dog licking butt

Why Is My Dog Licking Their Butt?

Reviewed by Lauren Goode, DVM

Is a dog licking its butt normal?

Dogs do all kinds of things that we may find very off putting in the human world.

But this does not mean that your dog is not adhering to best hygiene practices.

Usually licking is just the way your dog keeps itself clean.

However, there can be other reasons that lead a dog to lick itself too much, that may not be so harmless.

It is always a good idea to be vigilant of your dog’s behavior regardless of what it is.

If their licking becomes persistent and frequent, get them checked out by your local vet who can help diagnose your dog.

Common Reasons Dog Lick Their Butts

dog licking butt

As we mentioned, the most common reason for a dog’s excessive licking is to stay clean.

If a dog is having difficulty keeping clean in its anal area due to fecal matter stuck in the fur this will cause them to lick, in the hope that they can dislodge anything that had gotten stuck in the area.

You should definitely investigate the reason the dog has had trouble keeping itself clean just to be on the safe side.

Your dog could be indicating an irritation.

This can be caused by anything from parasites, allergies or infection.

Anal Glands

A common reason dog’s lick their butts is often due to anal glands that have become overfull or impacted, causing anal gland issues.

In addition to licking, your dog might also scoot his bum across the floor.

Dogs will do this to get some relief from the irritation by scratching against the carpet.

(The anal sac is kind of like your dog’s calling card , letting other dogs know your dog was there, or can be expressed as a warning when a dog is scared.

Dogs will normally express their own anal glands every time they go to the bathroom, but sometimes the material can become thick, and your dog is unable to do it themselves anymore.

This is easily fixed by taking the dog to the vet to have the anal glands expressed.

Some people will do this themselves when the glands can become full.

Just be warned that the smell is beyond horrendous!

It’s important to have your dog’s anal glands checked by a veterinarian if they are licking or scooting to ensure  their anal glands do not become impacted causing an abscess or infection.

This can cause an abscess or infection.


Other reasons for licking  that could be more serious cases may be due to intestinal parasites that could lead to health problems.

Internal parasites can include tapeworms, hookworms, roundworms or whipworms.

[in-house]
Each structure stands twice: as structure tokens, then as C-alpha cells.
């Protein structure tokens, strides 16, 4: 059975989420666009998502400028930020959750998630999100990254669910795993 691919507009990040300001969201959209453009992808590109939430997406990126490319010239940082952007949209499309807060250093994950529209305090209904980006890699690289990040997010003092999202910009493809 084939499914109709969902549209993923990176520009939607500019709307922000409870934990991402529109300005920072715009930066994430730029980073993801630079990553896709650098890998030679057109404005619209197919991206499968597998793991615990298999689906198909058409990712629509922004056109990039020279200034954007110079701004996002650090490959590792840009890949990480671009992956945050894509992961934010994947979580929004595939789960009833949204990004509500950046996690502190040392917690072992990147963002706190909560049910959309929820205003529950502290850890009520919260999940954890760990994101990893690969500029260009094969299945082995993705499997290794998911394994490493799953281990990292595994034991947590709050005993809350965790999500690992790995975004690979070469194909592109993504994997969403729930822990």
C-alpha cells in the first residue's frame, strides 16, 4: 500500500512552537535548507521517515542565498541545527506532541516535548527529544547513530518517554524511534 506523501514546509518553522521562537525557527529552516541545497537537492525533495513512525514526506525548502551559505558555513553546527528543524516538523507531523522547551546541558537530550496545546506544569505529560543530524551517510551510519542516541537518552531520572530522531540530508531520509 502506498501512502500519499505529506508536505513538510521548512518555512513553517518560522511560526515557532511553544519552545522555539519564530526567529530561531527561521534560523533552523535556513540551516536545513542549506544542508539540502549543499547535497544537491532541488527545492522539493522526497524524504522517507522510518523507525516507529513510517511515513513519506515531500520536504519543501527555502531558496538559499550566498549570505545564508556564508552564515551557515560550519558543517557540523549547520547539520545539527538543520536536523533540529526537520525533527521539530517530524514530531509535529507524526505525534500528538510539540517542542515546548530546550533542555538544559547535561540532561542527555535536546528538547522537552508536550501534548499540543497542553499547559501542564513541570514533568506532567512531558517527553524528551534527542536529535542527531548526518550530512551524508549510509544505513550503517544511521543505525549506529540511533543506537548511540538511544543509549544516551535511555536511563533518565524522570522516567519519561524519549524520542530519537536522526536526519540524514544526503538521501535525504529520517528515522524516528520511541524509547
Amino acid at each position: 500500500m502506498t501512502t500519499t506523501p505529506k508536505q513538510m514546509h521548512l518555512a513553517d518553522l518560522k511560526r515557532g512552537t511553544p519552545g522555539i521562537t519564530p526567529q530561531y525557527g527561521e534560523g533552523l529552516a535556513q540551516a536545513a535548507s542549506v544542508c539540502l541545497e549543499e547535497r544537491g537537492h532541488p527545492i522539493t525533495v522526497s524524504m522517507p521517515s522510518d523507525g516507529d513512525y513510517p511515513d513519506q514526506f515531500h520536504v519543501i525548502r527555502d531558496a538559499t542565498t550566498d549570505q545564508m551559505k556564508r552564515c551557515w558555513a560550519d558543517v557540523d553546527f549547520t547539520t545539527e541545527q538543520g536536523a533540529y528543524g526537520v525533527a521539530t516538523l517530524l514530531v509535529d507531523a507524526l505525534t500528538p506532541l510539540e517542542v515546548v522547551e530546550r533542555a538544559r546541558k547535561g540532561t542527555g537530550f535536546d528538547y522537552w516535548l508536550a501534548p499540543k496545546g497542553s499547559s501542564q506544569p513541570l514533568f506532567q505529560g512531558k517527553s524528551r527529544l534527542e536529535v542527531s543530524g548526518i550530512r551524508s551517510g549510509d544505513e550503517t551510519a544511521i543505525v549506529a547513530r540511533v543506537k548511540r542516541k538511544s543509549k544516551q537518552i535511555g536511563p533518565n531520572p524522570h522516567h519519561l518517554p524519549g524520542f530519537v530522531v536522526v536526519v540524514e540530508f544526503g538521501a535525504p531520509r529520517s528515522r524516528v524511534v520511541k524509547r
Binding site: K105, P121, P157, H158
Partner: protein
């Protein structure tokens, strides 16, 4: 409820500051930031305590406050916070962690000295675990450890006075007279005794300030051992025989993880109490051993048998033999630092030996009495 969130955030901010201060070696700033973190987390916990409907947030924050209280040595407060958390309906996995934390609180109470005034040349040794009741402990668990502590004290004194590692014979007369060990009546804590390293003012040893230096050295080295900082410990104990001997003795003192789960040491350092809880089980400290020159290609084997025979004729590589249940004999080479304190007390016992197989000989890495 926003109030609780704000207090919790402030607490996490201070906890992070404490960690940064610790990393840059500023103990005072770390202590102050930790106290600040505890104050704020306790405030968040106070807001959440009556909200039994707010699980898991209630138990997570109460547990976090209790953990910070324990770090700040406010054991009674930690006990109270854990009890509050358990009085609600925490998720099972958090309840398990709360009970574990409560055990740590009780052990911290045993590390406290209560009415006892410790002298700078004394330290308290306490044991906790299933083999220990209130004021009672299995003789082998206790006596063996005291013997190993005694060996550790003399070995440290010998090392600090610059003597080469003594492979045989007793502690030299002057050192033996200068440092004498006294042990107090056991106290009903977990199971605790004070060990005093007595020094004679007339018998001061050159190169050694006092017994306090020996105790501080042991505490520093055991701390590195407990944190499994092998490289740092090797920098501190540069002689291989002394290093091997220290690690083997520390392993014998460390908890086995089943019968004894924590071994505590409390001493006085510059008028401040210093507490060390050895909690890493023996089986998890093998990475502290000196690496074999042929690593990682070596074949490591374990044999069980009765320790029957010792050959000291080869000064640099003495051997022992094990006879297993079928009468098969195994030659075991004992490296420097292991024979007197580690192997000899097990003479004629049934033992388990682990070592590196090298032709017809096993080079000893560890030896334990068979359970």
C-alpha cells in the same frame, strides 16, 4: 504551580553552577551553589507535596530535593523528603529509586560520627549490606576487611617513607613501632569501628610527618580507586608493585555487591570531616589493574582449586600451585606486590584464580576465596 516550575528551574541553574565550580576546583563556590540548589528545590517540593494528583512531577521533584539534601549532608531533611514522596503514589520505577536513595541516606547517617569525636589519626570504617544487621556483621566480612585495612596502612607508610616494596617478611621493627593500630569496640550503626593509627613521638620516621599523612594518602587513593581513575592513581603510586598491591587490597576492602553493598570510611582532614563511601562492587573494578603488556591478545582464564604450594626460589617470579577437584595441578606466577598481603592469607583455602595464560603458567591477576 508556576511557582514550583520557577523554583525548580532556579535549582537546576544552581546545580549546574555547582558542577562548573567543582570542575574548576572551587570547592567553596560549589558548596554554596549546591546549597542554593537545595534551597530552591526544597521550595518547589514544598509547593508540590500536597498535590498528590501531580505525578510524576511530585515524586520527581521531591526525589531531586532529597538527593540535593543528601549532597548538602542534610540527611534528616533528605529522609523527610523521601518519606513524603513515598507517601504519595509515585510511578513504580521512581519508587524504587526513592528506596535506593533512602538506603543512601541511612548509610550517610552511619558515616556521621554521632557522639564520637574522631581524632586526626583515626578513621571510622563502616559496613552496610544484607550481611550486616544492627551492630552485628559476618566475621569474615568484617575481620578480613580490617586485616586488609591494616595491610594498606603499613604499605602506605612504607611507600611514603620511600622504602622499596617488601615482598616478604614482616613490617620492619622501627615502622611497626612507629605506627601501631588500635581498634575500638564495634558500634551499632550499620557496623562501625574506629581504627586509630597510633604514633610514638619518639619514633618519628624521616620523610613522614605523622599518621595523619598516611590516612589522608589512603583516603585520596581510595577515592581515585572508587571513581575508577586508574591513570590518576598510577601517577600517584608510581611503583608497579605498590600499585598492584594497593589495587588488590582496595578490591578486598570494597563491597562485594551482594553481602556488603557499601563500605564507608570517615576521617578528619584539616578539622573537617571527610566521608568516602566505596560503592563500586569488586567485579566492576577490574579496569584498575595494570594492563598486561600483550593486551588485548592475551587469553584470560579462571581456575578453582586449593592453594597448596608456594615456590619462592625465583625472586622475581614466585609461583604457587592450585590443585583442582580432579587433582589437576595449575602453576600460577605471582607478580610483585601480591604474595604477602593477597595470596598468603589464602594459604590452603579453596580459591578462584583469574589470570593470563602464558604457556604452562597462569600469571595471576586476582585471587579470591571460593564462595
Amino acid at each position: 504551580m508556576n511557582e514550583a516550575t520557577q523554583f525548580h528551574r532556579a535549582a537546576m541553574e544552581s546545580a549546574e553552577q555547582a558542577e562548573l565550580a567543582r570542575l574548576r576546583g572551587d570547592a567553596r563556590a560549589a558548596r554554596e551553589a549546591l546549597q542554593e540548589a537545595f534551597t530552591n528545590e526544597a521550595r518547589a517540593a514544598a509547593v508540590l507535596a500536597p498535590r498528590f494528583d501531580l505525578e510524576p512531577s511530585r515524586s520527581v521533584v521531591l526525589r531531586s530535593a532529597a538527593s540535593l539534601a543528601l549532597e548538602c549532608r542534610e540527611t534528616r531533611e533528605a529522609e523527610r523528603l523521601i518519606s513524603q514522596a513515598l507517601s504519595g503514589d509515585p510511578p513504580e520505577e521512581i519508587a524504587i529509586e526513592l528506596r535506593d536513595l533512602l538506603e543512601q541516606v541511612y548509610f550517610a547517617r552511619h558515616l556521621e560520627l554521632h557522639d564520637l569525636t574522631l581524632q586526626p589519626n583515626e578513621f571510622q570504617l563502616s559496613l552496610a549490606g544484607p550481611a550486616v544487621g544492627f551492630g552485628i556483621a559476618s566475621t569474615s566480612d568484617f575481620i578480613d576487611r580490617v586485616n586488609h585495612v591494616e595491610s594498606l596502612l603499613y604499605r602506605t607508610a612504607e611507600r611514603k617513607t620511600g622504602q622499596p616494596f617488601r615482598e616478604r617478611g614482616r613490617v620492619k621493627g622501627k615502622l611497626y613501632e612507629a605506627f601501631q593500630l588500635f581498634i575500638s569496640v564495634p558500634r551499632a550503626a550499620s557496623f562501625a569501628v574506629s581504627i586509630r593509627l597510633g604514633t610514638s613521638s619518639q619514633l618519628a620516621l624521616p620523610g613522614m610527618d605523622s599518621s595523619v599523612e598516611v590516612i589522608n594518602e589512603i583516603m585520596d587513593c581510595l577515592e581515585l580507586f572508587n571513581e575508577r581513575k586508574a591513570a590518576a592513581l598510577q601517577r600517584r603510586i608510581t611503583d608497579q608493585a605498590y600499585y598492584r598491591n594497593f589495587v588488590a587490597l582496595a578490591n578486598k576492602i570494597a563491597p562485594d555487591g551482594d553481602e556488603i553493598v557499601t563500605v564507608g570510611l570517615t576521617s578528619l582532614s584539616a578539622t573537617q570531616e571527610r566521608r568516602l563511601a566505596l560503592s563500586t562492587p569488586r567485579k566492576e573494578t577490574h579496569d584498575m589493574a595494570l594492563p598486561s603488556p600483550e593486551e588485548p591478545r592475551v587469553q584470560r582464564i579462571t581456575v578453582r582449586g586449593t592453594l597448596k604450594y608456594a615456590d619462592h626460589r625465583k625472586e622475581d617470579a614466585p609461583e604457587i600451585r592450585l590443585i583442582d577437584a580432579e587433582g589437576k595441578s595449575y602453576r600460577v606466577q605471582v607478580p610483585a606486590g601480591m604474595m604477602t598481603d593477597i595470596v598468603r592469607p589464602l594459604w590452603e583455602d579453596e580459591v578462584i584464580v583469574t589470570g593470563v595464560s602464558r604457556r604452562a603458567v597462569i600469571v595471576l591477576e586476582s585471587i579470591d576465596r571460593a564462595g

Internal parasites live in your dog’s intestines and when they come out, they can cause an itching around their anus.

A tell tale sign of this can be the remnants of the parasite either around their anus or in their feces, however some are too small to be seen.

External parasites (such as mites, fleas and ticks) can also cause irritation who have made a home for themselves in that region.

Best to make a trip to your local veterinarian to rule out any issues before your dog’s licking contributes to a skin infection.

How to Stop Them Licking

dog licking butt

There are a few over the counter options available to prevent your dog from licking their butt.

However, it’s very important to get your dog checked by a veterinarian first before administering any treatment.

Your vet might be able to prescribe some topical treatments or medications that will fix their health issues.

If you have determined that there is nothing serious going on with your dog’s behind try a cone.

Also known as an Elizabethan dog collar, this cone will keep your dog from being able to reach her butt.

Try changing the shampoo you are using, and check for irritations on a regular basis.

When To Consult Your Vet

dog licking butt

It’s always important to monitor any changes in your dog.

As mentioned at the beginning, it’s not uncommon for dogs to lick their butts occasionally.

However, if the licking becomes persistent and aggressive, it’s probably a good indicator to take your dog to get checked by a vet.

It is particularly important to take your dog to the vet if they are experiencing other symptoms, such as:

  • Not eating, or decreased appetite
  • Vomiting
  • Diarrhea
  • Red or inflamed skin around the anus
  • Evidence of worms in the stool.

If you notice that your dog has started licking excessively, and there is any evidence of the above symptoms, see your vet immediately.

Similar Posts

Leave a Reply

Your email address will not be published. Required fields are marked *